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///2012 Abstract Details
2012 Abstract Details2019-08-02T19:38:42-05:00

Cardiopulmonary arrest secondary to anaphylaxis during cesarean delivery in a parturient with autoimmune hepatitis and idiopathic thrombocytopenic purpura

Abstract Number: F-35
Abstract Type: Case Report/Case Series

Adrienne P Ray MD1 ; John Downing MB, ChB2

Introduction: Cardiopulmonary arrest secondary to anaphylaxis is a rare event during pregnancy with fatality rate of 10% (1,2). We present a case of a parturient with multiple comorbidities who survived cardiopulmonary arrest from a suspected anaphylactic reaction during cesarean delivery (CD) under regional anesthesia.

Case: A 23 year old female, G6P1 at 34 4/7 weeks with cirrhosis, portal hypertension and grade 3 esophageal varices secondary to autoimmune hepatitis presented for repeat CD and bilateral tubal ligation. In addition she had idiopathic thrombocytopenic purpura (ITP) and Sjogrens syndrome. She had a relapse of her ITP during pregnancy but at the time of delivery her platelet count had risen to 65K. In the operating room standard monitors were placed and a combined spinal epidural was performed on first attempt at L3-4 without complications and an appropriate surgical block was achieved. The obstetricians requested platelet transfusion and two units of platelets were given over thirty minutes. During this time delivery occurred and 250mcg of intramyometrial carboprost and 40units of oxytocin in one liter crystalloid were administered. Less than fifteen minutes after starting the platelets, the patient reported anxiety and difficulty breathing. She then became confused, combative and vomited. She was noted to have significant facial edema and was difficult to ventilate by mask. Epinephrine 50mcg was administered. Her airway was secured on the second attempt. She then became pulseless and CPR and ACLS medications were administered. Arterial and central accesses were established. Epinephrine and norepinephrine infusions were started while steroids, albuterol and fluids were administered. She was stabilized and transported to the intensive care unit. At discharge she was neurologically intact.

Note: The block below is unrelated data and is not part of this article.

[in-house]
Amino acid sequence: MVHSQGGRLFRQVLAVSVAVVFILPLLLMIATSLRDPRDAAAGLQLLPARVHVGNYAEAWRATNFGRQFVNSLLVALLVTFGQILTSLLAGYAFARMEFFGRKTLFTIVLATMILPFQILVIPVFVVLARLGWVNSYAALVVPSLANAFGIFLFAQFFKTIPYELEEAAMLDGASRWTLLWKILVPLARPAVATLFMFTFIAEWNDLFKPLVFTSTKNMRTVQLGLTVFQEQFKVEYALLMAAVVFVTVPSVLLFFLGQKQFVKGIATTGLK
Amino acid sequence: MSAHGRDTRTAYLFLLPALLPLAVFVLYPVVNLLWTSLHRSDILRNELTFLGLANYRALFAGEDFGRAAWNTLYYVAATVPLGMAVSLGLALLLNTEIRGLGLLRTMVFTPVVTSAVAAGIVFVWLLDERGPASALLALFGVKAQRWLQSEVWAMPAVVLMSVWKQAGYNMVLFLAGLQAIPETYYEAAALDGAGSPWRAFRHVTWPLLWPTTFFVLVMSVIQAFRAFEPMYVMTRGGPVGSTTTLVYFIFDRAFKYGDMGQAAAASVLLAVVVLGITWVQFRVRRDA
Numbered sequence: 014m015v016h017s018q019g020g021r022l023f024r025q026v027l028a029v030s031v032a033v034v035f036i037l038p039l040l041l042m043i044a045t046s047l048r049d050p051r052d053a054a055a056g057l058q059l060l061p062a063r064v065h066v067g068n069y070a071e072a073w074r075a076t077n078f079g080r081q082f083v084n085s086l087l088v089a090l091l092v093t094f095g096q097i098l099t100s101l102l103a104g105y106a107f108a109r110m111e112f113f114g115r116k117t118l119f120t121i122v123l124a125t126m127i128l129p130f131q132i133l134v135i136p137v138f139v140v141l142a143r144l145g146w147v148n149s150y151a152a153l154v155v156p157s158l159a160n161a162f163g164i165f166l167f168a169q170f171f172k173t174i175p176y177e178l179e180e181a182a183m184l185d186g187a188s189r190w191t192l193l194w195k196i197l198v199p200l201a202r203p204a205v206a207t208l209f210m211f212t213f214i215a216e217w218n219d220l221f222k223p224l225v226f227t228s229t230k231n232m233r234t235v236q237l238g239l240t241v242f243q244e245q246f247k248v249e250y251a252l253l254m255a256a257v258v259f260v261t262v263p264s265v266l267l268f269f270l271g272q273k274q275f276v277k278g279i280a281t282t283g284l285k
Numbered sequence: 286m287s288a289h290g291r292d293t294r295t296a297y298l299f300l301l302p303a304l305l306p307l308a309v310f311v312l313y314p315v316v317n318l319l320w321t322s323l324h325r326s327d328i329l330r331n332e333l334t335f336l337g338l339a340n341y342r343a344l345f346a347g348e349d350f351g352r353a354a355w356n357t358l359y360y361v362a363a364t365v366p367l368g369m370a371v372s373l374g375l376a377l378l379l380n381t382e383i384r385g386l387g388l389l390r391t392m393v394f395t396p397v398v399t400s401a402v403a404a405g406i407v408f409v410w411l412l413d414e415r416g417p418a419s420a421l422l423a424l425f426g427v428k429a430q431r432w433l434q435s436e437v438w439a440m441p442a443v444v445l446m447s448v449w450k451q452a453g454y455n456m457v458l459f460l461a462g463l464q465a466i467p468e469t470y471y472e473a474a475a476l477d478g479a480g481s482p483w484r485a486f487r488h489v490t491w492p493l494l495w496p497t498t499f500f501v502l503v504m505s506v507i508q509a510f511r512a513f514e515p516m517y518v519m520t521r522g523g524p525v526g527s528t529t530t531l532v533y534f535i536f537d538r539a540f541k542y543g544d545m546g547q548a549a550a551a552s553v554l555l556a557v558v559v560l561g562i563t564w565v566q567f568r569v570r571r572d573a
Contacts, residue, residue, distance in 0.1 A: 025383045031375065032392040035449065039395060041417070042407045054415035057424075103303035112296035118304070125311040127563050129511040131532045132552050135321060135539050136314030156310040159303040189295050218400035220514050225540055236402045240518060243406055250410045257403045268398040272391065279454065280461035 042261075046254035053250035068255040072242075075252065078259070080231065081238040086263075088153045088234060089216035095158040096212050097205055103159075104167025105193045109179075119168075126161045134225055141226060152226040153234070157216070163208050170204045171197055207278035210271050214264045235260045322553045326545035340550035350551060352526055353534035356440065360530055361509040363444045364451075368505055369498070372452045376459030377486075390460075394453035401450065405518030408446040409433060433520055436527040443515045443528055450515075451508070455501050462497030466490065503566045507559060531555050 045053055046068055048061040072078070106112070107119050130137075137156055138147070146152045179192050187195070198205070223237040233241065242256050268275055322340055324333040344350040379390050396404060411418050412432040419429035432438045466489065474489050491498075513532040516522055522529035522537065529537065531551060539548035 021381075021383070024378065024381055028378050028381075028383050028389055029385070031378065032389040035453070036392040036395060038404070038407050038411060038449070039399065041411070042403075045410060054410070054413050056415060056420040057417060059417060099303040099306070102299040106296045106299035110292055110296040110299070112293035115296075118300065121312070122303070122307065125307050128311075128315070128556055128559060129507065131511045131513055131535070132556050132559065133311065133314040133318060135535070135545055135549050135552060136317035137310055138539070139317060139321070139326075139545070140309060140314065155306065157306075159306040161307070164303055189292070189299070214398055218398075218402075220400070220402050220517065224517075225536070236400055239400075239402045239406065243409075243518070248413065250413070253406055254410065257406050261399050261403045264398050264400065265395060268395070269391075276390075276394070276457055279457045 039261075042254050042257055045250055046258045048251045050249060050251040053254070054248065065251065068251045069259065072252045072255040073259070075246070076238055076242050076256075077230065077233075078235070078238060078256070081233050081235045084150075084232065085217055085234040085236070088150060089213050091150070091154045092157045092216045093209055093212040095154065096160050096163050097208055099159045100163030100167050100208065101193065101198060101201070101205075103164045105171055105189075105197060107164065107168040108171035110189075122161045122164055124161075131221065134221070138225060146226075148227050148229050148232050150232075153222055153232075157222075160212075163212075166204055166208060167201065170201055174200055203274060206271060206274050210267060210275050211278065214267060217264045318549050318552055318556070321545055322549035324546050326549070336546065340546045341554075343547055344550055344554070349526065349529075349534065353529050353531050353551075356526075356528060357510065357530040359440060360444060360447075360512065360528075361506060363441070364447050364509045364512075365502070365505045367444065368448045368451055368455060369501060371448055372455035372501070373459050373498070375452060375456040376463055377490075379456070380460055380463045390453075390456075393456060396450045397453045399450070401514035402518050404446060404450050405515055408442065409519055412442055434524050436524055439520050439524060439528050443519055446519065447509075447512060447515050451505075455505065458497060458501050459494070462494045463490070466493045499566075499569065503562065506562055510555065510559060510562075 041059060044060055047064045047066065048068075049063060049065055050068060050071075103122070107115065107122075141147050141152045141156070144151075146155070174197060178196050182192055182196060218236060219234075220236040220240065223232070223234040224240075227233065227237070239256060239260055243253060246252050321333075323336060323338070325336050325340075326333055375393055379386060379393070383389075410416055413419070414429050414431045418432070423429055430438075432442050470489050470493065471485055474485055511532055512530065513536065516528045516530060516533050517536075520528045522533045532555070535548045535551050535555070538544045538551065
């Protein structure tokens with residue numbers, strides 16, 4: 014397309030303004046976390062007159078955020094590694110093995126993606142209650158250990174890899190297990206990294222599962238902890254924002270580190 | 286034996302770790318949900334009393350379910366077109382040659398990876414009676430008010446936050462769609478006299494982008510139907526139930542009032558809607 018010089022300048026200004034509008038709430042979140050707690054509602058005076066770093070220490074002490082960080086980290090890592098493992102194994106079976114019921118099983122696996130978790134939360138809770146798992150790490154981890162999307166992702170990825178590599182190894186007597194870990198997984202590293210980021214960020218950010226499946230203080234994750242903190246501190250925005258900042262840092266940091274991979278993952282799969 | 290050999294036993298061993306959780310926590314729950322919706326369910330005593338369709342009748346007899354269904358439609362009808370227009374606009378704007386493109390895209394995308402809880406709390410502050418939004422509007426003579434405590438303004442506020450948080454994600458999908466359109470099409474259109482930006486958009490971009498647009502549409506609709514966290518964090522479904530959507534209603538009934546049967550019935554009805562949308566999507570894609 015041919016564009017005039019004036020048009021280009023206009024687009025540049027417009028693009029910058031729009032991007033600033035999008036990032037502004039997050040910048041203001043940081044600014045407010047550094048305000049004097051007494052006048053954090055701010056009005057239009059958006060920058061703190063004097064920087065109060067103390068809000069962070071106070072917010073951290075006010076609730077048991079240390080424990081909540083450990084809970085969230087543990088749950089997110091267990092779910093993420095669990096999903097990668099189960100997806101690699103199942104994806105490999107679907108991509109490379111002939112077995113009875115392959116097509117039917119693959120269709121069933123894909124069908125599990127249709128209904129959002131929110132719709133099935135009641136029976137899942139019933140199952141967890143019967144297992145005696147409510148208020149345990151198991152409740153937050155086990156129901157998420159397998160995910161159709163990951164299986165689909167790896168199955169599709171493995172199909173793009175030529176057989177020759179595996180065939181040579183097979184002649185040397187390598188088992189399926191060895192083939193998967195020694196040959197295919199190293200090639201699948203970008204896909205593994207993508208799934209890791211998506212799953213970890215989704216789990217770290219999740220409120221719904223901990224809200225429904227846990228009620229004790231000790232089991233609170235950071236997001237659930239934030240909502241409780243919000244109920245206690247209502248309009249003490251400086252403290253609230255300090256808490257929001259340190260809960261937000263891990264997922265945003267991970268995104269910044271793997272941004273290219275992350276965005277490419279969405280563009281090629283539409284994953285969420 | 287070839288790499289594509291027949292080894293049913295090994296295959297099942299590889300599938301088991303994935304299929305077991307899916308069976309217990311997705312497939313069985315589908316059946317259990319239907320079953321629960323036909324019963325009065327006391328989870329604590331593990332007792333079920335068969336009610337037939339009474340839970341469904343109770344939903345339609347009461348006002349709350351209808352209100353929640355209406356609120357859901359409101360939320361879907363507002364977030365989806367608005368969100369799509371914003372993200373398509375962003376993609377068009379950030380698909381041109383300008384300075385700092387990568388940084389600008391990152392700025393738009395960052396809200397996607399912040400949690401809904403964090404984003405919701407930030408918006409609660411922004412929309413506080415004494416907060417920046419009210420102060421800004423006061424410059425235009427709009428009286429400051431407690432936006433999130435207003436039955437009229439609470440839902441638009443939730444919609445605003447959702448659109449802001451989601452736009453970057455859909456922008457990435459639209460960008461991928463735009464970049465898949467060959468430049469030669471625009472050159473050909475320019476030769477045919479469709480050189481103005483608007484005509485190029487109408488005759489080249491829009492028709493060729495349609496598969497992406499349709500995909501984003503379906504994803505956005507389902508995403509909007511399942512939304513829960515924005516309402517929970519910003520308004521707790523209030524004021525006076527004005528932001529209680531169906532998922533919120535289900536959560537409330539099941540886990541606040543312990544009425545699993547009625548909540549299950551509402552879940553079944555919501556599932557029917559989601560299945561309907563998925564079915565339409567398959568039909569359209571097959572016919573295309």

Discussion: Anaphylaxis is a potentially life-threatening systemic reaction resulting from IgE mediated release of biologic mediators. Several agents have been implicated in anaphylactic reactions during pregnancy including antibiotics, muscle relaxants and latex (3). Anaphylactic transfusion reactions are also a rare complication with the incidence of platelet anaphylactic reactions estimated to be 62.6 per 100,000 (4). Some of the potential causes of severe allergic transfusion reactions include the presence of allergens and serum proteins to which the patient has been presensitized and the passive transfer of IgE antibodies to common environmental allergens (4).If the reaction is an immune mediated anaphylaxis, one can have allergy tests performed to detect IgE dependent allergies. We plan to have testing completed to determine the etiology of her anaphylaxis, although anaphylaxis to platelets is strongly suspected.


1.Whitty J, et al. Clin Obstet Gynecol 2002; 45:377-92.

2.Pant D, et al. Int J Obstet Anesth 2009; 18:85-88.

3.Chaudhuri J, et al. Int J Obstet Anesth 2009; 17:350-57.

4.Sandler S. Transfusion 2011;51:2265-6.

SOAP 2012